Remember when telephones were just for making calls? Today they do much more, and they have new names such as terminals, station equipment or desktop productivity instruments. These new generation phones are embedded with microprocessors that are as powerful as the processors that once controlled an entire telephone system. PC-based applications may enhance, or even replace, the functions of the telephone. A number of factors should be considered when assessing the various options that affect desktop productivity, including both instruments and applications.

Using a telephone to answer and place calls still remains a primary function. As you evaluate telephones, even as you note expanding capabilities, never lose sight of the basics. How does the handset feel? Is the telephone comfortable to hold? Can I add a headset? Does the telephone have a speakerphone? Is the handset cord long enough and the telephone heavy enough so it does not slide off my desk? Finally, take a look at the buttons. The layout should be logical. Are the keys where you would expect them to be? Does the telephone have a message waiting lamp? These questions, although basic, set the stage for satisfaction. Is the display easy to read? Does it have a contrast control? Is it adjustable?

Although the telephone system, whether centralized or distributed, provides all required operational features, the telephone is the instrument that provides access to those features for individual employees. When selecting a telephone system, many businesses compare features but never compare usability of features. A feature that is difficult to use is a feature that will never be used. Look for options such as soft-keys and dedicated speed dial buttons that may improve the ease of use of telephone features.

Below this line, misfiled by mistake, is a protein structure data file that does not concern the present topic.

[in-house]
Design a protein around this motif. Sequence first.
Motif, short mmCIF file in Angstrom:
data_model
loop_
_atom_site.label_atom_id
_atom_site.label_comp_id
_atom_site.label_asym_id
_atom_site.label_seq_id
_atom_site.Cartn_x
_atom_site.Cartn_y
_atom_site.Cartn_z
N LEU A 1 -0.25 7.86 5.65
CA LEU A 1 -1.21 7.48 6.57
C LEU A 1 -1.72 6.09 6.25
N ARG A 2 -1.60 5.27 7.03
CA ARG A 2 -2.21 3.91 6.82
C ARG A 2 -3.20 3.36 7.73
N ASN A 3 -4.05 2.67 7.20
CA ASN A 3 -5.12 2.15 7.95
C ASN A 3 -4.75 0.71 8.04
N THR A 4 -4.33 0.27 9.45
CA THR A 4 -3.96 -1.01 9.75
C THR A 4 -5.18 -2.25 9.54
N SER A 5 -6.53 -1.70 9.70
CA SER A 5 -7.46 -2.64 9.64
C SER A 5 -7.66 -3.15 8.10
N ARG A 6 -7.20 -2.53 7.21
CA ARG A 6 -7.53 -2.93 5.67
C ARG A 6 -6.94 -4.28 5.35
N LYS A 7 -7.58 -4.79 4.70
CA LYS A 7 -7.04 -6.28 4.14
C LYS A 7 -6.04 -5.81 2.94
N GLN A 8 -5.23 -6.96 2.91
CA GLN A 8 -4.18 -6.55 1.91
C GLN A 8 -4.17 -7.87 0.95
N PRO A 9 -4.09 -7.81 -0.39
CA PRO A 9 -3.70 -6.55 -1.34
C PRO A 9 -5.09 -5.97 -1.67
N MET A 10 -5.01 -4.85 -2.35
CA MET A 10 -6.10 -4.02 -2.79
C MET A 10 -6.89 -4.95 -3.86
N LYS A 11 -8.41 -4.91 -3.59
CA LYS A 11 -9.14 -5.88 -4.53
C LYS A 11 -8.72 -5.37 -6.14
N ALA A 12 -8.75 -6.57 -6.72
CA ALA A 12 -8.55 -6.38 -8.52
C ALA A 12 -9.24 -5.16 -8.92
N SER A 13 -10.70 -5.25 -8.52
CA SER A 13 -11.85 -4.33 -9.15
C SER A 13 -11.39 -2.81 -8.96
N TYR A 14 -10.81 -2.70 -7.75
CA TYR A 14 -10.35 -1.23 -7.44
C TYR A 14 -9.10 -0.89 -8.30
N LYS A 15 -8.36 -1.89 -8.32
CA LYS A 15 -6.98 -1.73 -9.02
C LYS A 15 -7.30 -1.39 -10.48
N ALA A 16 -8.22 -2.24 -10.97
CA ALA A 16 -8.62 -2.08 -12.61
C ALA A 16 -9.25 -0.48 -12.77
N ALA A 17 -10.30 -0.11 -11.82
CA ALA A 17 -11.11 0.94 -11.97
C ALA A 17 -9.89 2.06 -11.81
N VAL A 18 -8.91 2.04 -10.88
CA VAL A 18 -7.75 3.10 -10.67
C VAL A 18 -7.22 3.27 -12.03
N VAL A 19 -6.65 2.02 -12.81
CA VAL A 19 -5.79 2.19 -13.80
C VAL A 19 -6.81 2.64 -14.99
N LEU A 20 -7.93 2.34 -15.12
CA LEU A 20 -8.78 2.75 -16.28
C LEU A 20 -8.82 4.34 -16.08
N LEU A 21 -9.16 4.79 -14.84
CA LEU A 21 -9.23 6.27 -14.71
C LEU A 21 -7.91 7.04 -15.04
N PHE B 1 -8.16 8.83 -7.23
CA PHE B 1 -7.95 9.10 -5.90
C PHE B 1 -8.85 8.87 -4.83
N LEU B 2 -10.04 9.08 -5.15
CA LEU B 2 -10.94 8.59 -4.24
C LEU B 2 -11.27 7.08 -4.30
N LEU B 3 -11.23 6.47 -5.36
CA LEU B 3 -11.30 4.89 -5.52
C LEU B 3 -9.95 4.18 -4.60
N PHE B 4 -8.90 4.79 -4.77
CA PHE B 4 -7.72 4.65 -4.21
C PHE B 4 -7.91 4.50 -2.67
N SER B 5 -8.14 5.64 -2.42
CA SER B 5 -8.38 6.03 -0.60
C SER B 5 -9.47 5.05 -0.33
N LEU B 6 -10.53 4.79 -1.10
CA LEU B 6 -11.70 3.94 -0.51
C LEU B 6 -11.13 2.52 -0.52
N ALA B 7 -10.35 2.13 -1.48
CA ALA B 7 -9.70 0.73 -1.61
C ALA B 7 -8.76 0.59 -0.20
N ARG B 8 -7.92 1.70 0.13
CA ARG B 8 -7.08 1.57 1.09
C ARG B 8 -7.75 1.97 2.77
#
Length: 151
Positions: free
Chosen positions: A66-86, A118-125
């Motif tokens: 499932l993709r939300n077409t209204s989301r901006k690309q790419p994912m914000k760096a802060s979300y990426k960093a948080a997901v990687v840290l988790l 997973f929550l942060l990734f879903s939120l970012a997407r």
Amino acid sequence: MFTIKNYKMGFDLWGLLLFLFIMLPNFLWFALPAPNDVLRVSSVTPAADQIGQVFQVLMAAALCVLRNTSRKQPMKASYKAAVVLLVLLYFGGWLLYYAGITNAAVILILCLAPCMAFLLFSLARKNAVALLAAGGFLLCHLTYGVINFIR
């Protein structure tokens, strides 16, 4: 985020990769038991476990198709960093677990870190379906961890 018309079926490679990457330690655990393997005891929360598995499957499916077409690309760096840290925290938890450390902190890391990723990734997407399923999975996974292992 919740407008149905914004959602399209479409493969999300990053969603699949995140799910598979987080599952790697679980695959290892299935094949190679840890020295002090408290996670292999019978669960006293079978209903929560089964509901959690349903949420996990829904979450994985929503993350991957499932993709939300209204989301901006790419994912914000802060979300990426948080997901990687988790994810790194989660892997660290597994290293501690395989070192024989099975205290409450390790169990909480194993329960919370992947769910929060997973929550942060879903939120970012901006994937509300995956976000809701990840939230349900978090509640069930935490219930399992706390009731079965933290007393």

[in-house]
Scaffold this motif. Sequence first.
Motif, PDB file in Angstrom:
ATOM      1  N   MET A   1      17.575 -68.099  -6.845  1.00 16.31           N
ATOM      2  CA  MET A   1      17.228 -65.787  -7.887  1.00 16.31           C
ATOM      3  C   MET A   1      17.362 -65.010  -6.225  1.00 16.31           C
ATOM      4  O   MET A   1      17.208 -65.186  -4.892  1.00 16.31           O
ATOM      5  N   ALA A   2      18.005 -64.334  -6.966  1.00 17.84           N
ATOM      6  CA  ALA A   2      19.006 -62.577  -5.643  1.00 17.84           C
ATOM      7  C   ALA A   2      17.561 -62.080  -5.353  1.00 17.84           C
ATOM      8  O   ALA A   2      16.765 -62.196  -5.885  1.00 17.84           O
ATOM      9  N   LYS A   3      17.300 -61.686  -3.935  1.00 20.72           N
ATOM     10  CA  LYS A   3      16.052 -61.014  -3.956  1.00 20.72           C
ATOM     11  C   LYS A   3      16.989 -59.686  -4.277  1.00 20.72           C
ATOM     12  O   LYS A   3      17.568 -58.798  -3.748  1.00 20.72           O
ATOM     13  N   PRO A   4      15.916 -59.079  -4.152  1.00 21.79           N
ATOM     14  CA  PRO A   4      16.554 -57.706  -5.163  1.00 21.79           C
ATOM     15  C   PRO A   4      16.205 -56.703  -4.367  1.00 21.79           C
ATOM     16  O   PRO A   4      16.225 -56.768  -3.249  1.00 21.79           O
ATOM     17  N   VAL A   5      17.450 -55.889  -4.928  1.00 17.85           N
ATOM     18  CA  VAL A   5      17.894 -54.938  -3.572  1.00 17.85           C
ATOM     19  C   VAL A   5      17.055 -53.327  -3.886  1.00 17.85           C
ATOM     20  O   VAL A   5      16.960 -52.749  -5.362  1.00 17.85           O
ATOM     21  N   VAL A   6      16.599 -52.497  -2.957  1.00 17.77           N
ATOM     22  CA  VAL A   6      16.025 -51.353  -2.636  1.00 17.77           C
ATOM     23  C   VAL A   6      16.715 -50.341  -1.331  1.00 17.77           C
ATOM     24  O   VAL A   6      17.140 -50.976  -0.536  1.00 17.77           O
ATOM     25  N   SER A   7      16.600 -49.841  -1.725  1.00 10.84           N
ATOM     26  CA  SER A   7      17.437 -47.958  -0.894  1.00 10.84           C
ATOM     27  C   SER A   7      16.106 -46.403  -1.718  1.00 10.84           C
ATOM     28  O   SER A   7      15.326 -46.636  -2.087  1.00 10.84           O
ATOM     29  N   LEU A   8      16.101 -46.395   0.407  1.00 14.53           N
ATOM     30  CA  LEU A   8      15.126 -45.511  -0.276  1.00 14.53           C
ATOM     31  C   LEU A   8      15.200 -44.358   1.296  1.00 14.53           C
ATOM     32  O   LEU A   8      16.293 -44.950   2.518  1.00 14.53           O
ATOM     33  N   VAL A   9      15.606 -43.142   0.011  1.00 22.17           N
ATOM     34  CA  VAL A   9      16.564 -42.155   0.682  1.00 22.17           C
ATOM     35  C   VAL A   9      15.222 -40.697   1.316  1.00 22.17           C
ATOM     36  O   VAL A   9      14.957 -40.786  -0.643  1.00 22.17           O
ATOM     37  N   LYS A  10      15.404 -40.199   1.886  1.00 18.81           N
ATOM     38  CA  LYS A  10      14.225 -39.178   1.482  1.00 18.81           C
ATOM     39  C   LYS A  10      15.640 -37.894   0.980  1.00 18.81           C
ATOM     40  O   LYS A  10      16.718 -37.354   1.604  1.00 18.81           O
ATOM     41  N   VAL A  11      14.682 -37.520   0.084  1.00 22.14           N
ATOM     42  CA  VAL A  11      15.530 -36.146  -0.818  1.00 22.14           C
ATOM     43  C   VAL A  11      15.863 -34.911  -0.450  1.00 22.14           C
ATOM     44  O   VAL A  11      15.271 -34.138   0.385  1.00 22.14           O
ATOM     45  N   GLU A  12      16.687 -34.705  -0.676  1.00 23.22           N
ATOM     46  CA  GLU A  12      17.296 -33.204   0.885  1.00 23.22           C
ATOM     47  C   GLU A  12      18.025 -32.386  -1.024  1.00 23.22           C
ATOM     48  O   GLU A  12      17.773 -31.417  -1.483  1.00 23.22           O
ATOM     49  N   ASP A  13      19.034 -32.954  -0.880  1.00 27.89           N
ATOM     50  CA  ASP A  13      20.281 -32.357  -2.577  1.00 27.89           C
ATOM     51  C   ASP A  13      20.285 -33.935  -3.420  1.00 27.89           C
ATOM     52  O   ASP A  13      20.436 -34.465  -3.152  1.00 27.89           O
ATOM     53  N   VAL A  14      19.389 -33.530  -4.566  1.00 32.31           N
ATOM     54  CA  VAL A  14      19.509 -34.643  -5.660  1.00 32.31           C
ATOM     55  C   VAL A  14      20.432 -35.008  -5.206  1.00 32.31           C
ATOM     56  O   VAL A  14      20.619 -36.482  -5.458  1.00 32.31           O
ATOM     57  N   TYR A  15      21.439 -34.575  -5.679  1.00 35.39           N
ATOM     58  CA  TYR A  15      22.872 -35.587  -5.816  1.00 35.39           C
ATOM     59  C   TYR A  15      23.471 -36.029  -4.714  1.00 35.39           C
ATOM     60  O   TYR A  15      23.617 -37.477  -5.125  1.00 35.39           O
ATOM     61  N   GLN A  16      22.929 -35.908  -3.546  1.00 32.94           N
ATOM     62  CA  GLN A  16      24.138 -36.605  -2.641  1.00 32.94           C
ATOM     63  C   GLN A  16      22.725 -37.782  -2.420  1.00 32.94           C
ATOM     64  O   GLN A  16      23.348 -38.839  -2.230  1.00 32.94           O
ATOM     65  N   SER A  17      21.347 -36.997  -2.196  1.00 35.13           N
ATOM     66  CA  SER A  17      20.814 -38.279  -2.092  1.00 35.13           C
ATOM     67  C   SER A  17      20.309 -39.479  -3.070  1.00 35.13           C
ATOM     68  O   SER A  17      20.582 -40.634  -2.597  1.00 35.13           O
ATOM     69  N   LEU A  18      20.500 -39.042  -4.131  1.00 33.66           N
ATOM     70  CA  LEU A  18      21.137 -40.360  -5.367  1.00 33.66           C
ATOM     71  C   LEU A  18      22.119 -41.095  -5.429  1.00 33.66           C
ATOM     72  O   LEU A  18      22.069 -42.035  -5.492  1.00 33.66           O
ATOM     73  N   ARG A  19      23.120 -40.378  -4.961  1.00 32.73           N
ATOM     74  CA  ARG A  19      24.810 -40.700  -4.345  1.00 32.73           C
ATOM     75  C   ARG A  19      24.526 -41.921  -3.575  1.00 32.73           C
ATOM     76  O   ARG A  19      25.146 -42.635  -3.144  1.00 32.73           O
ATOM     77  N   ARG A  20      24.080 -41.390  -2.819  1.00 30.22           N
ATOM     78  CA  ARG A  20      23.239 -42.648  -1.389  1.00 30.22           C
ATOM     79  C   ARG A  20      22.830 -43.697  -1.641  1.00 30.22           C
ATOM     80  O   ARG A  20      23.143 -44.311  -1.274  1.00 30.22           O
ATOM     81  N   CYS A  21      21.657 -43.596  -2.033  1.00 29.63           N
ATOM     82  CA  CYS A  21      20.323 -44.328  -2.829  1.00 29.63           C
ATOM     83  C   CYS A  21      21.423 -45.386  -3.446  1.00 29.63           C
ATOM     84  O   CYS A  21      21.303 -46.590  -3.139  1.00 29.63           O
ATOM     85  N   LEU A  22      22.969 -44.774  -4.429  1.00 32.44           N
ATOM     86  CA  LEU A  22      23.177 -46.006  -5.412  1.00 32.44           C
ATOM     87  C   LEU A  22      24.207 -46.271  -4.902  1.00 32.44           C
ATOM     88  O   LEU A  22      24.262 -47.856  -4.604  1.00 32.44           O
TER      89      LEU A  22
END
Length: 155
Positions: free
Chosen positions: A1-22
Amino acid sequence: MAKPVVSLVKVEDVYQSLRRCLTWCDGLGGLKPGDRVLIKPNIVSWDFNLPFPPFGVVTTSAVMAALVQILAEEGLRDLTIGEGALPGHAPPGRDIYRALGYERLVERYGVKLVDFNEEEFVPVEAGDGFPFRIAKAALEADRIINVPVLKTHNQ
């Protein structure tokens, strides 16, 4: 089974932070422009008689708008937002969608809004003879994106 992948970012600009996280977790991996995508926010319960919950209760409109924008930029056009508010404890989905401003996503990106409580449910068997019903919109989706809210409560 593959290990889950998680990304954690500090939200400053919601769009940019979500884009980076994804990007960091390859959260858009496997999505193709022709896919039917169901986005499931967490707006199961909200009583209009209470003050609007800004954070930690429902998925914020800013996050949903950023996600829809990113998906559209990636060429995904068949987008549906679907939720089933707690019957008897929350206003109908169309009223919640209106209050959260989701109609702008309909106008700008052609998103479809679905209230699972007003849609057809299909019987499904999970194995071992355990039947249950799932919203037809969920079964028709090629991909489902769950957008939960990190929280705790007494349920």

After establishing your basic telephone needs, explore your unique business applications. PC-based applications are available to enhance telephone usage. These applications can provide functions such as one-key dialing from an on-line directory, convey phone messages and log information about calls and callers. With a variety of Computer Telephone Interfaces available, organizations can also create customized applications for their specific business needs.

Protect your telephone investment by understanding how future applications are implemented. VoIP (Voice over Internet Protocol), until recently implemented only by early adopters, is becoming mainstream. It is important to understand how your current telephones can upgrade to this technology. Do the telephones accept modules? Adding a module to a telephone transforms the functionality and prevents obsolescence. In addition to a VoIP module, other modular devices include analog connectivity and a Computer Telephony Interface.

The transformation of the telephone to a desktop productivity device with associated applications delivers the power and flexibility of your telephone system to your employees' desks.

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